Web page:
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Image: Amy Kinkead

Houston, as we all know, is a car-centric city. But in the coming yearspossibly even by 2021—we could be entering a new era. Imagine walking into a sleek downtown station and tucking yourself into a pod that would shoot you through complex sets of large vacuum tubes and, lightning-fast, deliver you to another part of the state. Having a hard time picturing this scenario? Think of the pod as one of those cylindrical containers that the teller shoots to you at the bank drive-thru. Now, think of yourself as the cash inside said container. That’s more or less the idea.

This new transportation concept is called the hyperloop, and it’s the brainchild of Elon Musk, the Tesla and SpaceX founder who’s known for his just-this-side-of-science-fiction schemes and innovations. In 2013, wanting to share the hyperloop with the world, Musk put out a white paper outlining the idea, which he himself was too busy to pursue.

The basic concept behind hyperloop—a massive system of depressurized, above-ground tunnels through which pods carrying people or cargo would shoot, at speeds of up to 700 miles per hour—really does draw on the same pneumatic-dispatch system used by banks, which was invented in the 1850s. Still, when Musk presented his proposal for what he called “a cross between a Concorde, a railgun, and an air hockey table,” people in the tech and engineering worlds went crazy for it. Soon, multiple start-up companies were busy trying to turn it into a reality.

Hyperloop One, a Los Angeles company that is independent of Musk, has made the most progress, according to transportation experts. In 2016, it ran a worldwide competition, selecting pitches from around the world for locations of potential hyperloop lines. A group called Hyperloop Texas, a partnership between L.A.-based engineering firm AECOM working with various Texas agencies, proposed what they call the Texas Triangle, which would connect Houston, Austin, San Antonio, and Dallas, and run a cargo line to Laredo, one of the largest inland ports in the country.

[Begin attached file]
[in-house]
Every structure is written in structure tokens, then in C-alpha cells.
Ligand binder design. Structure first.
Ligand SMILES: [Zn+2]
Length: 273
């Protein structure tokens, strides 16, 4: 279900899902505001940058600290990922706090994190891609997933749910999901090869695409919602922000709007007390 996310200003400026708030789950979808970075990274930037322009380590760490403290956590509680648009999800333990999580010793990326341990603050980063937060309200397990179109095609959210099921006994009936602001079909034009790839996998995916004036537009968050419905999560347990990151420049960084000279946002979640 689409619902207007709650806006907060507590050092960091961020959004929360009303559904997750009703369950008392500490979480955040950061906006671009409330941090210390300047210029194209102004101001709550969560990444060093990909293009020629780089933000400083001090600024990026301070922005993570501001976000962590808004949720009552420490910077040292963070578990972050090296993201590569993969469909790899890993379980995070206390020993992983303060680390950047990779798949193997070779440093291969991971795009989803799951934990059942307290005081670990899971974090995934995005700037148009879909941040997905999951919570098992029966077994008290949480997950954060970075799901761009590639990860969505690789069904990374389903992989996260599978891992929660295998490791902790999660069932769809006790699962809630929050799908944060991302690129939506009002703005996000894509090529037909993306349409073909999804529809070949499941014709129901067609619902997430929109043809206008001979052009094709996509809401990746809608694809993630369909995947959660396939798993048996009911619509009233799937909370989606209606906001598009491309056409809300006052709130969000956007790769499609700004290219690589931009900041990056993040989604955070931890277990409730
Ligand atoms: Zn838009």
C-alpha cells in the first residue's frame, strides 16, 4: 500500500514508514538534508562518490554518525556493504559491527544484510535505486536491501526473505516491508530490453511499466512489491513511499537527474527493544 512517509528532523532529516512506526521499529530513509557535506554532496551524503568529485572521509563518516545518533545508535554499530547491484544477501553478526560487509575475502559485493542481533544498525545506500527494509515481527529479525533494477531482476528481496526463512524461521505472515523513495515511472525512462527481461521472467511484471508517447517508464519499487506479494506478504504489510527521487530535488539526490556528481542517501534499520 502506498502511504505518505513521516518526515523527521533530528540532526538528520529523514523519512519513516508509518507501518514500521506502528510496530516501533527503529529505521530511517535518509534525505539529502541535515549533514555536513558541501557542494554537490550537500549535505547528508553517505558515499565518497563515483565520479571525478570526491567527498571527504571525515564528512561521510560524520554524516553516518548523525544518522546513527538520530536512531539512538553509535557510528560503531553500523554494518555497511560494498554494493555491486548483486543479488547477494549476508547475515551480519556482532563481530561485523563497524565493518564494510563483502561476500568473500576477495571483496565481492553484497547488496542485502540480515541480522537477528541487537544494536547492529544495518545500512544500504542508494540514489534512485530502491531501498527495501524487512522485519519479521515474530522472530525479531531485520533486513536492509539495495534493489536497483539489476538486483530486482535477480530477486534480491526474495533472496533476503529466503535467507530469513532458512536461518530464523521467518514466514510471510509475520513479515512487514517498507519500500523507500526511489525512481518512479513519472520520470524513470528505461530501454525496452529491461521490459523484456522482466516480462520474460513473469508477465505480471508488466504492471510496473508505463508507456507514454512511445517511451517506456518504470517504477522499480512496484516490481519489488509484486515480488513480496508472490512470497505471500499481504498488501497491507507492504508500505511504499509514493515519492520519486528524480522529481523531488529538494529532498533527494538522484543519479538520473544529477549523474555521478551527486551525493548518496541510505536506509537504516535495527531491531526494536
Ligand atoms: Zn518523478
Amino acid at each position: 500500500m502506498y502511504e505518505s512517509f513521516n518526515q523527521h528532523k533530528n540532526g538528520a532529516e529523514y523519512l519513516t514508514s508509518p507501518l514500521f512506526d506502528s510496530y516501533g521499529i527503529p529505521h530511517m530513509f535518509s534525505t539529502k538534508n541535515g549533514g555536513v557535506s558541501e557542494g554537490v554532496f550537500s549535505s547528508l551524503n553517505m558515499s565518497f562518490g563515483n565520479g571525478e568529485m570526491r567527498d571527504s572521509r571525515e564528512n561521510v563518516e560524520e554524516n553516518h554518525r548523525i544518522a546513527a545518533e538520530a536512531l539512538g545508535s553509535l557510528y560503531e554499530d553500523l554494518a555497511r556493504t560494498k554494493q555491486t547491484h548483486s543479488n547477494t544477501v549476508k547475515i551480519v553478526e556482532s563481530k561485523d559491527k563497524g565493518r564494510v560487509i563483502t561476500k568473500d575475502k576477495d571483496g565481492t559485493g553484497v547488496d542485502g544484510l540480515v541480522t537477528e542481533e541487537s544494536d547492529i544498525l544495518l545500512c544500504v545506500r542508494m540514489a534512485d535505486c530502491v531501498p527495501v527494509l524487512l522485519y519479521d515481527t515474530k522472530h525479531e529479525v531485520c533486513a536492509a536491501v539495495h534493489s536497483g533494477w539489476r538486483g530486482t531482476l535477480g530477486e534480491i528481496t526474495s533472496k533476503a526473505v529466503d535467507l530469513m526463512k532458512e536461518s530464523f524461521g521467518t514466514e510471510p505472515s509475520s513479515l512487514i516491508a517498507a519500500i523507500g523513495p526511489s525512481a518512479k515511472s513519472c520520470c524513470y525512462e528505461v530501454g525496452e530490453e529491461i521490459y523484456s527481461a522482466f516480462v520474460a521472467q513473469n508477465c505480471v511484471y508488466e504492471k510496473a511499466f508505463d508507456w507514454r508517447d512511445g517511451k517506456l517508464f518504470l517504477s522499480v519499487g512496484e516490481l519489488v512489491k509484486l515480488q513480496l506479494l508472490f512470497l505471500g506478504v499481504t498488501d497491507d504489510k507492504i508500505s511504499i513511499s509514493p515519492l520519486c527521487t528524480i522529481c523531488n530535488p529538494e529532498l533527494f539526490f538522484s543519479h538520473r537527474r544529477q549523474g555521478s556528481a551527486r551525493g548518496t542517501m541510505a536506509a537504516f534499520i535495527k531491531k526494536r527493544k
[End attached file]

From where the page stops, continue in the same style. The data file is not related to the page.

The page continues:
The Texas Triangle has been named one of 10 finalists for Hyperloop One’s first project, which, according to the company, will be constructed in 2021. And if it’s ever actually built, we’ll be able to get to Austin in 29 minutes and Dallas in 46, ignoring traffic stops.

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One day, we could shoot from downtown Houston to Austin in 20 minutes.

Image: Gensler

UH transportation professor Maria Burns thinks a hyperloop line could be the answer to Houston’s transportation woes. The population here keeps growing, but, as Burns points out, we haven’t seen a major infrastructure project since the freeway system was built in the 1950s. “Expanding the highways isn’t enough,” she says. “It doesn’t work. We need another alternative, and hyperloop will be new and cutting-edge. It would be a smart way to build on what we have.”